June 14 — A day better to forget

Photo by Natalie Oxford — A look at the Grenfell Tower, London, as it burned June 14, at 4:43 a.m., local time (11:43 p.m. EDT.)

By Kevin Canessa Jr.

For whatever reason, I woke up at 4 a.m., on Wednesday, June 14.

One of the first things I did was tune into Sky News from England on its live YouTube channel. I wanted to find out the latest with Prime Minister Theresa May — and whether she’d continue on as PM following the U.K’s recent general election.

Staring right back at me, on Sky, wasn’t May. It was, instead, a massive, 24-story residential tower, the Grenfell (they call these properties estates) whose entire 220-foot high façade was covered in flames.

Days later, it’s still quite hard to fathom the sheer absurdity of this fire. This was a high-rise building. This isn’t supposed to happen to apartment towers. The codes that govern these buildings are so strict, something like this simply shouldn’t happen.

But it was happening.

And perhaps most disturbing — many people who are unaccounted for were reportedly told to return to their flats to shelter in place rather than trying to make an escape from the one and only staircase in the entire building.

Think about that for a moment.

This high-rise building had one — one — stairwell.


I can’t help but wonder — and wait in anticipation to find out — whether the return to shelter in place commands cost lives.

As of the time I write this, 79 human lives were lost — and many more are feared dead.

In the coming months, we’ll find out how this happened. We’ll find out how a tower of flats could be completely destroyed. We’ll find out how it could happen in a city that has some of the strictest building codes of anywhere in the world.

Whatever the cause, we can only hope changes come from this awful incident.

And if ever there were any doubt about the kind of dangers firefighters face whenever they go to work, let this serve as a reminder. Hundreds of firefighters from the London Fire Brigade were on scene for this blaze. Reports say 45 different companies were there. And somehow —thankfully — every one of them survived.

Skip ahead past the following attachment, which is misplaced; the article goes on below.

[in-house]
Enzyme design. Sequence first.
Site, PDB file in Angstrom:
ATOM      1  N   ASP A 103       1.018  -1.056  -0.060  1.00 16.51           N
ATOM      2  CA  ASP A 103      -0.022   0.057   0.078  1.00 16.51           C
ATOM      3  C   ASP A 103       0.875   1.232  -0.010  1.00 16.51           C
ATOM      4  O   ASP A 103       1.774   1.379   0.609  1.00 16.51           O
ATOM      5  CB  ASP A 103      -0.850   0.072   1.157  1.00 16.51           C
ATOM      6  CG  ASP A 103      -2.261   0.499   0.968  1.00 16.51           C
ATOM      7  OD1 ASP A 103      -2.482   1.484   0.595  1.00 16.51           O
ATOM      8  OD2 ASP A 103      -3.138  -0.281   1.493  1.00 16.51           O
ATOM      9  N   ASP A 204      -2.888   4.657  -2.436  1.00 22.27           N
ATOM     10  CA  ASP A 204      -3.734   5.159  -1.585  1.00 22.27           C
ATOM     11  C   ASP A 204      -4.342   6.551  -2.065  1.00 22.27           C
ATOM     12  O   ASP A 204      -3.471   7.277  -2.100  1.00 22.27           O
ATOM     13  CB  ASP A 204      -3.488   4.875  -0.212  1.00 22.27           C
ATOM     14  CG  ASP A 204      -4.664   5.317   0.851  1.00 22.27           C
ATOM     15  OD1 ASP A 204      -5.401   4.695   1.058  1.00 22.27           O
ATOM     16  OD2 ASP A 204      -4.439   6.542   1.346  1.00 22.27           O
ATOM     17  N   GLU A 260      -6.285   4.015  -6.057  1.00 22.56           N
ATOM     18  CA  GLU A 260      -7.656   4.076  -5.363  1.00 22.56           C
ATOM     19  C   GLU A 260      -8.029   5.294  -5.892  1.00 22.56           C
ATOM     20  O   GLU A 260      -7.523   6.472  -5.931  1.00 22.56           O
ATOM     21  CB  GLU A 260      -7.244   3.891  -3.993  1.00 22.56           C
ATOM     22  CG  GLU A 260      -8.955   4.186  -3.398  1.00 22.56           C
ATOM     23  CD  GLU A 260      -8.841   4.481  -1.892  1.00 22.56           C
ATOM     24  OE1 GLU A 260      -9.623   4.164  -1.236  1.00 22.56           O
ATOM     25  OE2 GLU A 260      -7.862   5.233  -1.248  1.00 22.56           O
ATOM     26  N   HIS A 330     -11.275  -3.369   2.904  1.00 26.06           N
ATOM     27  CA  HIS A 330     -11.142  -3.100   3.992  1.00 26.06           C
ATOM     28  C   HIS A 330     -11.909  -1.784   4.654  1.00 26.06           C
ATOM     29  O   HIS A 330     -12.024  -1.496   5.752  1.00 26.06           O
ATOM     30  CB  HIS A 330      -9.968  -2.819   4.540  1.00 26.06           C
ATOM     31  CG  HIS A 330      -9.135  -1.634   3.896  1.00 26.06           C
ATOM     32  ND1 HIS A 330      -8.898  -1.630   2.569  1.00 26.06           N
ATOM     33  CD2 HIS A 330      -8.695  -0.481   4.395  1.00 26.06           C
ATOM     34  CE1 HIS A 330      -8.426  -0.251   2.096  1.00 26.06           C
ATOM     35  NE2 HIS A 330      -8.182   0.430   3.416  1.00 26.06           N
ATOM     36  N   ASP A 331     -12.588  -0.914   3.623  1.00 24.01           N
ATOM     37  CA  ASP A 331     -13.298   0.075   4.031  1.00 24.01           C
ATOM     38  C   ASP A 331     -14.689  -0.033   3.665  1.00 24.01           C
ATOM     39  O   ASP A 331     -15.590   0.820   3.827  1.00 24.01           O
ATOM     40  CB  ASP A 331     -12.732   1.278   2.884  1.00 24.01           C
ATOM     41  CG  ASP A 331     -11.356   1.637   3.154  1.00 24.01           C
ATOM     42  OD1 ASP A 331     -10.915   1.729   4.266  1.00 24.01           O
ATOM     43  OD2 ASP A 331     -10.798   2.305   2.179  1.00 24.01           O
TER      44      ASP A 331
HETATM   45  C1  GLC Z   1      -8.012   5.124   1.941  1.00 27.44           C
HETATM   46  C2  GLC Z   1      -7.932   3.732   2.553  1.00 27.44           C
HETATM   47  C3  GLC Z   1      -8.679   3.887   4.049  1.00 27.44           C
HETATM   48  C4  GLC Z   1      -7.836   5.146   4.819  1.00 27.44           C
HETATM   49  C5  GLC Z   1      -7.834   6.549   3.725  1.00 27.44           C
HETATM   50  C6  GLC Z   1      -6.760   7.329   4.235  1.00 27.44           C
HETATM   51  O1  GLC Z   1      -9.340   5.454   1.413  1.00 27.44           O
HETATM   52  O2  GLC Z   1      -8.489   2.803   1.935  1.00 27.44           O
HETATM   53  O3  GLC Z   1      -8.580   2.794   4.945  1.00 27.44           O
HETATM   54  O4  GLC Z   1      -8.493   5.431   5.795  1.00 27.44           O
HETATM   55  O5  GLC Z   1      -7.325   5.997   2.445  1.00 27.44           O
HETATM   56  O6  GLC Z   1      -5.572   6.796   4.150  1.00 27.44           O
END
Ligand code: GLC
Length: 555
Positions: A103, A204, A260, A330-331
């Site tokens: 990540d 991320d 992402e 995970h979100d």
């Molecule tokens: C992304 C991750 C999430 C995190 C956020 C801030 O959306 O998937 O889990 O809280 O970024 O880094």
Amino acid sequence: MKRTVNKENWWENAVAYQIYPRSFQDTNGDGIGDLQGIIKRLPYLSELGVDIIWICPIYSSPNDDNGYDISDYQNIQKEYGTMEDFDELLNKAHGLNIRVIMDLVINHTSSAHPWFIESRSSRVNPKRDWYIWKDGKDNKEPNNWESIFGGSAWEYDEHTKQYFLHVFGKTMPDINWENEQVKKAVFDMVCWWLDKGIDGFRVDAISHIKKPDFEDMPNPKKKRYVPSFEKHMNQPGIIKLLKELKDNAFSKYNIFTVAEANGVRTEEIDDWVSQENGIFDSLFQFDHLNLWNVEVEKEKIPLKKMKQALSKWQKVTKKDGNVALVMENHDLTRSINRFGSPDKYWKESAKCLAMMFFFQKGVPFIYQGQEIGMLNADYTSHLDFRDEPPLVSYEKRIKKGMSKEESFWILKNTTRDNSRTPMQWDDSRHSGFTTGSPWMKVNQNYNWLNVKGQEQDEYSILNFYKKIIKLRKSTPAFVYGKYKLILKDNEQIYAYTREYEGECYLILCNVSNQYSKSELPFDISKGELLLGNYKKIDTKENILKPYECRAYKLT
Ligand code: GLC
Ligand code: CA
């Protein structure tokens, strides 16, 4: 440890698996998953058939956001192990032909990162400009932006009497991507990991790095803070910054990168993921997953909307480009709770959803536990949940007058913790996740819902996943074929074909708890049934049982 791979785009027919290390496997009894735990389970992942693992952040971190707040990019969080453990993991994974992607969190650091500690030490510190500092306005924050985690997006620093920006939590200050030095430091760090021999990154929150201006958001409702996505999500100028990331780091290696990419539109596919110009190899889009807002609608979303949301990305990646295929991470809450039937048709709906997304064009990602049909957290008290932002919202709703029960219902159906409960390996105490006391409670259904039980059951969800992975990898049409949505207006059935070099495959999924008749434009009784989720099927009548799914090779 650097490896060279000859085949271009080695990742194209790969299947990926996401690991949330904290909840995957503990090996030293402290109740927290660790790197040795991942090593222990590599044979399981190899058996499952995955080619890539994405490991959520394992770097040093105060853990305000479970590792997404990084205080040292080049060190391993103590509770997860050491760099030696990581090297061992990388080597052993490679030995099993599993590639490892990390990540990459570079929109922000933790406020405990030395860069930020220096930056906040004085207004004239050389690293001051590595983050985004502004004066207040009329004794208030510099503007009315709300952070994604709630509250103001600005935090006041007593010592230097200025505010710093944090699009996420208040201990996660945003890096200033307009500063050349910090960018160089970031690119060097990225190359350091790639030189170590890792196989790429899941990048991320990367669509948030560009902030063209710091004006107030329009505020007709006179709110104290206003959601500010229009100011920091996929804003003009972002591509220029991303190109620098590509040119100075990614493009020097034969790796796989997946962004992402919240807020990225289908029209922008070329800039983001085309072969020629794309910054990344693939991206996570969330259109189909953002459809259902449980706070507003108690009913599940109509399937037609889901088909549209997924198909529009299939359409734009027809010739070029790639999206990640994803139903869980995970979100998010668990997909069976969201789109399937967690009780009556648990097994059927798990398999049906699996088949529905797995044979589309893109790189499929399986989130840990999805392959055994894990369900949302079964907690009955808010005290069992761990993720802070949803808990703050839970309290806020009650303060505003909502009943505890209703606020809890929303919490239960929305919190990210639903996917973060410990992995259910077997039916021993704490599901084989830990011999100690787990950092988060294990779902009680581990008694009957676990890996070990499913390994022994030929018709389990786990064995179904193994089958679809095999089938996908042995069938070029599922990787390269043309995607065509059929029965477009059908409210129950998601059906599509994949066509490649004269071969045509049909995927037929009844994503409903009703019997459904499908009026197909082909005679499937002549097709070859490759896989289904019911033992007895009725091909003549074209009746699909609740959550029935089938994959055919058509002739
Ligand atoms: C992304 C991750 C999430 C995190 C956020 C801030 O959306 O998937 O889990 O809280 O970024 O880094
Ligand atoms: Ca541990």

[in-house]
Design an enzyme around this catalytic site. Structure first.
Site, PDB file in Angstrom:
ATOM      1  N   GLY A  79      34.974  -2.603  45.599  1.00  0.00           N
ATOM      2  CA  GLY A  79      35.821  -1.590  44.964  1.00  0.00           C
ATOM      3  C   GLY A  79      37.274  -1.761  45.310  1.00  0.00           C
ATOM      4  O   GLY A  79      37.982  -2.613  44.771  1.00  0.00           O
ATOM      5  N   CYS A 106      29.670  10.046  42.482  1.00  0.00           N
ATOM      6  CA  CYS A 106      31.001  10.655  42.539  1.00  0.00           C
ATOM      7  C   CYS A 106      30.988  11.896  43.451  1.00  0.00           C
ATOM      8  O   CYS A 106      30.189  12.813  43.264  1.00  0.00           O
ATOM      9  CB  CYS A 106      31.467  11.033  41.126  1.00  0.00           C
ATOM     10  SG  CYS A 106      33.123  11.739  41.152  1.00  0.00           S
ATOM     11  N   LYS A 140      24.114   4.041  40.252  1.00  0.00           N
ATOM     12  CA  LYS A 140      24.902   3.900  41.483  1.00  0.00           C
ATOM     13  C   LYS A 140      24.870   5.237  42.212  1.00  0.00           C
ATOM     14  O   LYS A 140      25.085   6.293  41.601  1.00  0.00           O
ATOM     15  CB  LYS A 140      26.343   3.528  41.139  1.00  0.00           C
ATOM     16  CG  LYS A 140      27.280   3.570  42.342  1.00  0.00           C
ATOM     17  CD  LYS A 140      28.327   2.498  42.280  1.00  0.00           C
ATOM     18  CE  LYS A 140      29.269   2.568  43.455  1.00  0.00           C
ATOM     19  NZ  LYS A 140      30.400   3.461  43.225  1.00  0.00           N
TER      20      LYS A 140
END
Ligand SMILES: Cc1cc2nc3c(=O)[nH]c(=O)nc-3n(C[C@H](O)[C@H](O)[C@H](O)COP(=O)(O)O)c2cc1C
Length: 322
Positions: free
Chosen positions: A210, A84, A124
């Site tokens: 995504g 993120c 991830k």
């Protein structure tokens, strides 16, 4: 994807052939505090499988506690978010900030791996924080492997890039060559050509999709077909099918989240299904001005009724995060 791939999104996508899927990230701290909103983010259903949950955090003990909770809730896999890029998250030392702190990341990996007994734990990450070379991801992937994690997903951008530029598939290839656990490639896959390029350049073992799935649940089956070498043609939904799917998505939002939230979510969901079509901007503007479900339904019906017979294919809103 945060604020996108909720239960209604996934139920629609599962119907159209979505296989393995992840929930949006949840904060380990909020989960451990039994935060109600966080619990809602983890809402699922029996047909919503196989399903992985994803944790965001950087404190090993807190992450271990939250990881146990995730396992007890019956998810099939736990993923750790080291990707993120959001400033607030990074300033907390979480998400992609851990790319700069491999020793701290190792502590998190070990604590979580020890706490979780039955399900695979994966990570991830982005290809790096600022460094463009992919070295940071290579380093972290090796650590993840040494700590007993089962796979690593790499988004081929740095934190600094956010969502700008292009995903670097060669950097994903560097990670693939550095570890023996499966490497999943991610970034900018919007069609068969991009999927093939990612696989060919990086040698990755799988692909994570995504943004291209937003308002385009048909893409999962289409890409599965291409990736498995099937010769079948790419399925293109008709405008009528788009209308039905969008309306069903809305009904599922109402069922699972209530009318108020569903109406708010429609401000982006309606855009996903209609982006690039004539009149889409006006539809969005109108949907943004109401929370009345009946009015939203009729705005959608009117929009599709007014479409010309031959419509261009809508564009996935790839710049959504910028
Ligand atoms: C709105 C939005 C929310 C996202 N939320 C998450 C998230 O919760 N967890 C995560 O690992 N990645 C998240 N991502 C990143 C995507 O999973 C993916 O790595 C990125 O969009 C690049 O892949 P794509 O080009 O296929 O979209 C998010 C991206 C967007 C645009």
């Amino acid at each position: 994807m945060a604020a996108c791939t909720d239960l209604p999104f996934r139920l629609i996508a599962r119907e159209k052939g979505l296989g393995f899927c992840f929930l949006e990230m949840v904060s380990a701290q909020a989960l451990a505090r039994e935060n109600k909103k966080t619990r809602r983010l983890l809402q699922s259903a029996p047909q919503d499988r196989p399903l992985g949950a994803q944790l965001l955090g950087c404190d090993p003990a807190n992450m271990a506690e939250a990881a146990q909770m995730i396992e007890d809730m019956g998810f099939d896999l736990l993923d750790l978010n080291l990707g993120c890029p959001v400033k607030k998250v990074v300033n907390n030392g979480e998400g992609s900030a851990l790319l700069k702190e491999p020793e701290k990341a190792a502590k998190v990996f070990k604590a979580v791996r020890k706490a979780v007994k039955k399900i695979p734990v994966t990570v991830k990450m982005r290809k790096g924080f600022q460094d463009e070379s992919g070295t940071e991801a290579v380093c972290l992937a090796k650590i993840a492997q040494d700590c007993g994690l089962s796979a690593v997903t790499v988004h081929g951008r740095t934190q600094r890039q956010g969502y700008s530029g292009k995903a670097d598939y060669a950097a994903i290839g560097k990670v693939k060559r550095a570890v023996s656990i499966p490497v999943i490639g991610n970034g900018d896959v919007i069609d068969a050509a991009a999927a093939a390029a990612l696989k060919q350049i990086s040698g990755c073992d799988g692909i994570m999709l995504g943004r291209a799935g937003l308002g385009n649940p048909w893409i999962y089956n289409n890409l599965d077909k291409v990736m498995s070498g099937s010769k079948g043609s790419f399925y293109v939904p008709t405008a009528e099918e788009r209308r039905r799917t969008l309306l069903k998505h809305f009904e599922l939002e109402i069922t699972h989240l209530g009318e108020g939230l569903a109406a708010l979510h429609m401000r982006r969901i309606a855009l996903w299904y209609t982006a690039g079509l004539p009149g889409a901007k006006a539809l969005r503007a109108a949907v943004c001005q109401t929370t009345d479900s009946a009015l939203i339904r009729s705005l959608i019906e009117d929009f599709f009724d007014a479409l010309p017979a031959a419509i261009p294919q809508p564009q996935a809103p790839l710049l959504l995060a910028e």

Given the conditions, this is nothing short of a miracle in itself.

Now I watched all of this happening in London until around 8 a.m. Then, suddenly, the news cycle shifted exponentially — unfathomably.

It was around this time word came that a member of the House of Representatives, Steve Scalise, R-La., was shot in the hip at a baseball practice in Alexandria, Va., and that several others, including two from the Capitol police, were also shot.

Turns out the shooter, whose name we will not use, asked a Florida Congressman, also at the practice, whether the guys on the field were Democrats or Republicans. When he responded, “it’s Republicans,” just moments later, shots rang out.

This was one of the most stunning attacks since a year ago in Orlando. And despite knowing it was carried out by a very disturbed man, we can only hope that, as Congress did that day, the entire nation finally starts to come together for the betterment of the country.

“An attack on one of us is an attack on all of us,” Speaker of the House Paul D. Ryan Jr., R-Wisc., said following the attacks.

We can only hope he truly means that.

Here’s also hoping we don’t have another day like June 14 anytime soon.

Odds & ends

Incredible generosity